As information is initially recorded, I want it written in an agenda so that I can easily discuss what was done and how well it was done. I want a student to share it with their parent(s) and I want the student to be able to show me what homework was assigned and when quizzes, tests and projects are due. If they don’t have it written down (because it is stored in their phone), it makes it more difficult to access the information and discuss it. Students that already do well probably prefer to use their phones and it can work very well. The use of a written agenda with dates and times also makes it easier for me to help them manage information and start breaking long term assignments into shorter goals with specific time frames. I can specifically discuss when they do their homework, when they are going to study for quizzes and tests, when they will start working on projects and discuss what else needs to be completed.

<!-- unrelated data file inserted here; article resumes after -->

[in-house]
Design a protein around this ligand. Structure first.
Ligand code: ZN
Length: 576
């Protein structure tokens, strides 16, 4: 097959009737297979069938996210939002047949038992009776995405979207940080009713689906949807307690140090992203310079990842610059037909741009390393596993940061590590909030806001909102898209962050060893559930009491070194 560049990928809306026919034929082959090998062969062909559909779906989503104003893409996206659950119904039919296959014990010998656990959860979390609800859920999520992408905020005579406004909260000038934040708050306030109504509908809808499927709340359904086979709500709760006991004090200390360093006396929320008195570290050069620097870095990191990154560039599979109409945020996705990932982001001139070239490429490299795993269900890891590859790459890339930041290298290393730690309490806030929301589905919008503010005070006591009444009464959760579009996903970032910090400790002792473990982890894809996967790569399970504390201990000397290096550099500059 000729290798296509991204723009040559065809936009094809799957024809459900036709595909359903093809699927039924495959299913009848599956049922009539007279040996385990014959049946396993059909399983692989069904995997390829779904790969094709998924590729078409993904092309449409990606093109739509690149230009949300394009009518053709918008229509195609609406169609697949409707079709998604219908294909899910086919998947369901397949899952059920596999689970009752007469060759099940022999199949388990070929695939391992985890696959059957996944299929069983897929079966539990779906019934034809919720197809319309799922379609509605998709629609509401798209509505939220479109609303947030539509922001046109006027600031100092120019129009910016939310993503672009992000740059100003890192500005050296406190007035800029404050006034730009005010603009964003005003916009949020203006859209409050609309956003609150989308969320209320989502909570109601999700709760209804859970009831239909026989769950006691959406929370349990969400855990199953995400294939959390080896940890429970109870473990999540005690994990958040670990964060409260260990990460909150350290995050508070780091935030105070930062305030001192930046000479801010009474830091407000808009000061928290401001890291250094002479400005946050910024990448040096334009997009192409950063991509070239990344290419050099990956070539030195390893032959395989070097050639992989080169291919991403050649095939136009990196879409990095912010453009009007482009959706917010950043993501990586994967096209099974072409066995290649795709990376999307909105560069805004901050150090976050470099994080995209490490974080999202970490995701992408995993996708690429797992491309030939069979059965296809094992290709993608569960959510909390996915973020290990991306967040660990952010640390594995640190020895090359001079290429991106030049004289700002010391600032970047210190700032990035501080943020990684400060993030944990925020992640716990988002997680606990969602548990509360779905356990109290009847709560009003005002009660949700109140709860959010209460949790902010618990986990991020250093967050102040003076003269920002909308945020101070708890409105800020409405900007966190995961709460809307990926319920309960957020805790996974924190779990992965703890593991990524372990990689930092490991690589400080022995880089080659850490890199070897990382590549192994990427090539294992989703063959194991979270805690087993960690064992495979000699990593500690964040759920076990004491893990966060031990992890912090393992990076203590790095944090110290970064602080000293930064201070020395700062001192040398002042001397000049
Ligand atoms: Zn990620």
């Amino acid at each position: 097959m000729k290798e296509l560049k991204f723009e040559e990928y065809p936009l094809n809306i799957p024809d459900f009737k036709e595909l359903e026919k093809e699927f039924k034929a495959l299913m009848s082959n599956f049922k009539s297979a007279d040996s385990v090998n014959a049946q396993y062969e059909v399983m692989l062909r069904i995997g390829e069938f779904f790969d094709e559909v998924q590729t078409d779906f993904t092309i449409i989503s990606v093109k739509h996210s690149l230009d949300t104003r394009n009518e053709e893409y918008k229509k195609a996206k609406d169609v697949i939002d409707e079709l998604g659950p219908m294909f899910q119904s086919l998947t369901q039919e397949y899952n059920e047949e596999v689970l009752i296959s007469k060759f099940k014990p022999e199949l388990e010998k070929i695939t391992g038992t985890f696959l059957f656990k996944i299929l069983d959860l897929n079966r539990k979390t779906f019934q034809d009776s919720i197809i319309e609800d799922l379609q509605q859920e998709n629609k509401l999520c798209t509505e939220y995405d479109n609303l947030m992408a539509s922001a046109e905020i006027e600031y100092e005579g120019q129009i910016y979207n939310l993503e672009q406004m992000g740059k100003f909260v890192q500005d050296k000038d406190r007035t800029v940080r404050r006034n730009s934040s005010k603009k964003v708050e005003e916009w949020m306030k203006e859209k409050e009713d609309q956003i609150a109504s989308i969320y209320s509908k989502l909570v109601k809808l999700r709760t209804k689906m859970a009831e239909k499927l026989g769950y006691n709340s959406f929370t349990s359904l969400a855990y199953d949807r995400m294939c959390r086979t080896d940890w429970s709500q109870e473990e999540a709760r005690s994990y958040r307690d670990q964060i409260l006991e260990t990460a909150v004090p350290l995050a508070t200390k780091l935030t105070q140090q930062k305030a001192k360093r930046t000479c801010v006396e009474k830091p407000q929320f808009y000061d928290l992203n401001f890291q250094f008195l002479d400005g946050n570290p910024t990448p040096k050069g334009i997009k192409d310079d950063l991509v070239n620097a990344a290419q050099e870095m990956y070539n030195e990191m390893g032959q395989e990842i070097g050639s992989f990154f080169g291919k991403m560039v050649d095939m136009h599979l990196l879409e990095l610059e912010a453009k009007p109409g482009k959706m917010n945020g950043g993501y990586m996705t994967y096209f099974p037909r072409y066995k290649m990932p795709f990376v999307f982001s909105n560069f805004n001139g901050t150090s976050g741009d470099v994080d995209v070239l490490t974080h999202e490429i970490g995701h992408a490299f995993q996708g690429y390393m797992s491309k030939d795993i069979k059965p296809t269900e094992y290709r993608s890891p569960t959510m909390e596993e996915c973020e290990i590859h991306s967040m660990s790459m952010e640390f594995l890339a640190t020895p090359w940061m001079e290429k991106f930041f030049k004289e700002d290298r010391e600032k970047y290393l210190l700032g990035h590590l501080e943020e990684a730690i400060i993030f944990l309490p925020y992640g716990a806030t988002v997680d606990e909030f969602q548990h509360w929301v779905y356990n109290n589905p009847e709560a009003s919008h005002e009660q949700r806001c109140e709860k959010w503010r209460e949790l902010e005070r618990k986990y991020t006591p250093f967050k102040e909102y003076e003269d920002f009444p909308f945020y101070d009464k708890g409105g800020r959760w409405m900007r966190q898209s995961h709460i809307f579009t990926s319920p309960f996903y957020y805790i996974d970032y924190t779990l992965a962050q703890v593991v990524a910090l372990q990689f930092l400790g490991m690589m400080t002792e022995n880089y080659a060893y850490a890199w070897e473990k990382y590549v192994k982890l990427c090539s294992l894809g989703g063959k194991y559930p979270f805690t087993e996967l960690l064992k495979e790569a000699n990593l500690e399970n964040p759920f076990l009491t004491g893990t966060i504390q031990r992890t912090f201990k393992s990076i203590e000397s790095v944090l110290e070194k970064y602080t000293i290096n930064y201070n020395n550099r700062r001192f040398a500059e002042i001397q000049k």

The above actions lead to the question about how well did they perform and what the student thinks they need to work on right now. I am not actually checking on what they did or how well they did, but rather, what they think. I want the student to talk about the process and what they think they need to change or do differently. This process requires them to organize and manage their time and the information that is given to them. I want to talk to them about things they have learned about this process of recording information and how successful they feel they have been. I also want to have them tell me what they need to change or do differently to make the process improve.  With that being said, I then have to check what was actually completed and at what level.

Most schools now have on-line grade books that list assignments, quizzes, tests, projects and the grades that were achieved. I always suggest that students ask to go on-line and review this information with their parent(s). The more the family is involved on a regular basis, the easier it is to make changes and ensure on-going success. I try to meet with students that are having performance issues every two weeks, but usually meet after one week when I start working on a performance issue. I look at the agenda first and discuss what was written and ask questions when I see missing information. My goal is to have the student tell me why something wasn’t completed and what they are going to do to improve. As I see the individual grades, I am first looking for assignments that were not completed and we talk about why they weren’t completed. Then we talk about their plan to change that.